29 January, 2018

Another (#3 this month) ageing without children

So a few weeks ago I wrote about ageing without children, and some of the comments prompted me to write a much longer post about ageing without children, in which I realised I do have some sort of plan. Then yesterday, we toured a retirement village nearby on their open day.

The person showing us around said, “you know we have an age limit, don’t you?” laughing, so just in case, we clarified that we were looking on behalf of my husband’s parents. We were given information and taken on a tour with a man who had lost his partner, and was thinking about moving in himself.

He commented that he didn’t have an Enduring Power of Attorney set up, because he didn’t know what to do when he had no family. He was doing everything right, moving in when he was able, joining clubs and keeping active, but it was obvious that he was feeling vulnerable. The staff member didn’t bat an eyelid, referred him to a forthcoming talk on setting up POAs if you don’t have family, and made him feel comfortable, that there was a solution, and that he wasn’t alone in dealing with it. In doing that, she made me feel more comfortable too, about our own future.

22 January, 2018

She was one of us ... but no longer

So, back in October, I noted that our new Prime Minister was one of us, a No Kidding woman. Turns out it wasn't by choice, as she's always said she would like children, and has said that she and her partner had been told they were going to need help to conceive, and that they had put that on hold when she became leader of the Labour Party in the middle of last year.

In case you haven't heard, as the news has gone around the world, she has announced that she is pregnant. Given her openness about their infertility (though I doubt she would use that word), and my desire to see women in all positions, regardless of their family arrangements, I am very pleased for her. I wince a bit that she's going to be used as an example of the "stop trying so hard/just relax and it will happen" brigade, though I doubt she was at all relaxed during the election campaign, which is when she must have conceived (although she found out only after the election).

I also am pleased that the initial public reaction - that I heard or read at least - was positive ... well, except for my SIL, who ranted at me on whatsapp that it was dishonest of her to take the position when she knew she was pregnant, that she'd never cope doing both jobs. I knew I couldn't respond with any of my normal responses, which would have been "if she says she can cope, and has plans for the event, then I believe her," or "you'd never say that about a man," because the inevitable response (either said bluntly, or implicit in a withering comeback) would have been "you've never had a baby, so what would you know?"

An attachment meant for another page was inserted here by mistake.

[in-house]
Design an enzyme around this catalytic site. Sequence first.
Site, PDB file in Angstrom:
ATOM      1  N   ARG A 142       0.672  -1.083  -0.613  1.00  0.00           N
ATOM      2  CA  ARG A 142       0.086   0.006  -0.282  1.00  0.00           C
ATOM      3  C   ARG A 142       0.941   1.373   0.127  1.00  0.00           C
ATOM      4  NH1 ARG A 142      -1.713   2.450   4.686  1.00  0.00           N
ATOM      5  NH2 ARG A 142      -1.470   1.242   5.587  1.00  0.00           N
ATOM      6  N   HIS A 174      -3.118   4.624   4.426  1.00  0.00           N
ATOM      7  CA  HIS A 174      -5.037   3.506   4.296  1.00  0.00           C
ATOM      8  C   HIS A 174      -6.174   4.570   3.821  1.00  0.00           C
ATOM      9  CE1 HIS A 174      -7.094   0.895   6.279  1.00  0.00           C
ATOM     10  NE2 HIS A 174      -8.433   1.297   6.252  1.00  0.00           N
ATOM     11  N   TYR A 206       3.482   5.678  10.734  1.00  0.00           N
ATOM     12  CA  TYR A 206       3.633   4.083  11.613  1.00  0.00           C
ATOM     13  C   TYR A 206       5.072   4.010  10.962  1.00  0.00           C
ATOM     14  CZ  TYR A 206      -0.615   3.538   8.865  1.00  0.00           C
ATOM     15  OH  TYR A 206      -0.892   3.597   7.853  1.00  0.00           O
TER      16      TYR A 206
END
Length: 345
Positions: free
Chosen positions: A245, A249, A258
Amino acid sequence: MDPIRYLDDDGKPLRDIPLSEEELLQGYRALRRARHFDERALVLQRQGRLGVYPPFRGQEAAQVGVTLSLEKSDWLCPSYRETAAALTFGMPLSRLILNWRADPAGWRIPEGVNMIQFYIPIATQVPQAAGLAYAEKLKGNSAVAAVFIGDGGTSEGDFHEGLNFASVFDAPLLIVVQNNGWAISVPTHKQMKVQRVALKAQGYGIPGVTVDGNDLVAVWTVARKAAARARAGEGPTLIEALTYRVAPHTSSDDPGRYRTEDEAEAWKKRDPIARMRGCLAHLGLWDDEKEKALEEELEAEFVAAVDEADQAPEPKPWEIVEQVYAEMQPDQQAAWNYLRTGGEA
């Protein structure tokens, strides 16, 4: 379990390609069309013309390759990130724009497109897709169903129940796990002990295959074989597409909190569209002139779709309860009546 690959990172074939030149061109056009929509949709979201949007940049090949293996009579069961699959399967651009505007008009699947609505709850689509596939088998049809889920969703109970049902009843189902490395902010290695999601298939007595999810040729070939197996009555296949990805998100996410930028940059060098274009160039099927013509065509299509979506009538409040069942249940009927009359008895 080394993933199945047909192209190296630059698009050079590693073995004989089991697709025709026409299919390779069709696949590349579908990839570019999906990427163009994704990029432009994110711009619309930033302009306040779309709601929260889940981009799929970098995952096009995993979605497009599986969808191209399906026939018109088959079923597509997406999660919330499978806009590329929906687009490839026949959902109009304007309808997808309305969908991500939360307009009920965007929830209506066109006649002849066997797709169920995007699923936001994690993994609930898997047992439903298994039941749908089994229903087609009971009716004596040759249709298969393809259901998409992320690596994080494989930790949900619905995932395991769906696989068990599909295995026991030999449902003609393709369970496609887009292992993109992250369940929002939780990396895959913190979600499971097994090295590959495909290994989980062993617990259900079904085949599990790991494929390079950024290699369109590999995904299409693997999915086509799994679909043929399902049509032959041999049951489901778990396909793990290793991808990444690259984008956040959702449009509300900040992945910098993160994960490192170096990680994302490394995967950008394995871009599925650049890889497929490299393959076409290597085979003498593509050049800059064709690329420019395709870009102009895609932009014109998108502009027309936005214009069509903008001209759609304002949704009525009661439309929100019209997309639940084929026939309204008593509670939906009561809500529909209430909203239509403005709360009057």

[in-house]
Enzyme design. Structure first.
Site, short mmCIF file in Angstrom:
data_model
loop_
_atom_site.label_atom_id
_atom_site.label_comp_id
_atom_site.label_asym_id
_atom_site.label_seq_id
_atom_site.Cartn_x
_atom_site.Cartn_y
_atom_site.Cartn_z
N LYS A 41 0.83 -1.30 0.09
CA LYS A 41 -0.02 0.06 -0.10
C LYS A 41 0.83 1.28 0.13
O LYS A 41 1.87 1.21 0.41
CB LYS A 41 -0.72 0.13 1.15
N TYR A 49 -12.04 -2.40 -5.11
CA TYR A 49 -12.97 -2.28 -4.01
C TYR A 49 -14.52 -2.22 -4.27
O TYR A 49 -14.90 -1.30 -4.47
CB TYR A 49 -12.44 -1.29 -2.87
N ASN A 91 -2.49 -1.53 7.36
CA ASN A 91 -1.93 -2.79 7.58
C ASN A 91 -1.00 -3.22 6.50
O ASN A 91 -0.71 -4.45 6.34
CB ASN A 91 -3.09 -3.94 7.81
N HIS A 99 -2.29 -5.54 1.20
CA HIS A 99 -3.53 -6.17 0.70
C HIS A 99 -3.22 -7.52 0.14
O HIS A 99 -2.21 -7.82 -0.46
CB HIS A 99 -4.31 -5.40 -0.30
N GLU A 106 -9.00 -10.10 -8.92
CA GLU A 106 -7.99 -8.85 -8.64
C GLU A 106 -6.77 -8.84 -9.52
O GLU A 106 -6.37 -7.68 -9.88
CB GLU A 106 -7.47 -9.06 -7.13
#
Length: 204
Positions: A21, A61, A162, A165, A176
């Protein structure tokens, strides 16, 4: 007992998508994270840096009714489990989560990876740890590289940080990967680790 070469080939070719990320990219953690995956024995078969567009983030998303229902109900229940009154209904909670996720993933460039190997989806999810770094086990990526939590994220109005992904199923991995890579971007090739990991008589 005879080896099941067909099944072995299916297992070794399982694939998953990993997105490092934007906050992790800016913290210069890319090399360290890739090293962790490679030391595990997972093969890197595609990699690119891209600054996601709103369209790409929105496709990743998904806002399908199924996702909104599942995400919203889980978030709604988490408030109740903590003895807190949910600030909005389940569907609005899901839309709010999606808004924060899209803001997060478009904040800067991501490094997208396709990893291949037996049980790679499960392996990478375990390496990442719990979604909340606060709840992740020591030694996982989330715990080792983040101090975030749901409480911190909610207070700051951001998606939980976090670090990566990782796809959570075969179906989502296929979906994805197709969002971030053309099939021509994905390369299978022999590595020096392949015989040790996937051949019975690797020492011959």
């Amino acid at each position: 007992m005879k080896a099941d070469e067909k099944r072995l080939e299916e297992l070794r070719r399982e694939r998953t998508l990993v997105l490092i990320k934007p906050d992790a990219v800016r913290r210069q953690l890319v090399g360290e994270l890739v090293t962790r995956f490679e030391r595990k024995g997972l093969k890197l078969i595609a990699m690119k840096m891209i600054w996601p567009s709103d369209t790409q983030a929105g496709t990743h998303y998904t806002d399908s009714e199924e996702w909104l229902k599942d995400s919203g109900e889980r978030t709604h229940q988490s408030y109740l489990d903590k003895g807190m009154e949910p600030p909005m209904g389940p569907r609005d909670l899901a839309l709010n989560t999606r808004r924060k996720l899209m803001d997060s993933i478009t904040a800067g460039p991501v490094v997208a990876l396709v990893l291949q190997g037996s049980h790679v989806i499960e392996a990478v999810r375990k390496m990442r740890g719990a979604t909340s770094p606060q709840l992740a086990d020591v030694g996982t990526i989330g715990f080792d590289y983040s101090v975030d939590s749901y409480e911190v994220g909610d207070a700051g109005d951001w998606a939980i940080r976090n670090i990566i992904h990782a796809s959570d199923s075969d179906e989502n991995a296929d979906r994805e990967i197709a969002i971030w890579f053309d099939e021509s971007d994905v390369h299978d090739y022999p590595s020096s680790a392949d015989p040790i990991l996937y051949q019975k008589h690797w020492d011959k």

So I just said, "well, isn't it good that you're not a New Zealander!"

18 January, 2018

Ageing without Children: The Plan

I love it when the comments on one of my posts leads into more thoughts, and another post. I thought I’d clarify that I am thinking a lot about our retirement and old age at the moment, due to caring for ailing parents-in-law who didn't really plan in advance. But at the moment, our plans are just thoughts really, as we’re still in our 50s, still hoping to earn a little more money before we retire, and still hoping to travel, and spend some more prolonged time overseas. The important thing at this stage is, I think, our recognition that we need to plan ahead. We can't leave it to chance, and the goodwill of others. Besides, increasingly, I think that would be selfish.

In my observation, old age covers really three periods of life:

Youthful and Active Old Age
The first is when we first officially retire, when we don’t feel or look old (and indeed, many of our contemporaries may still be working), and when we are – hopefully – relatively youthful and active. That’s a time that I feel we can truly grasp the benefits of having no children, and go anywhere, and do anything (finances and health willing, of course), though to be fair lots of people travel now, because it’s the first time in their lives that they are not constrained by jobs or children either. Travel with friends who are parents could be a real bonus at this time of life, because we're all equally unencumbered.

This is when my parents first left New Zealand shores, and explored some of the world. They also explored their own country, travelling by car, camping very cheaply, and they had a wonderful time. They went out for meals more often, to movies and shows (that weren't options living on the farm), they got involved in new hobbies, making friends who would be important in later years.

I know a couple of different people now who spend NZ winters where it is warm, and return for the summer. They don’t spend much money doing this, but they’ve been able to organise their affairs to travel this way. I love the concept. I also would like to return to Thailand and live for a while, or at least spend six months or so there. It’s definitely an option for us, and spending NZ winters on a beach in Thailand (with air-conditioning in a house, because I actually am a wimp when it comes to heat) when we’re in our 60s is a nice idea.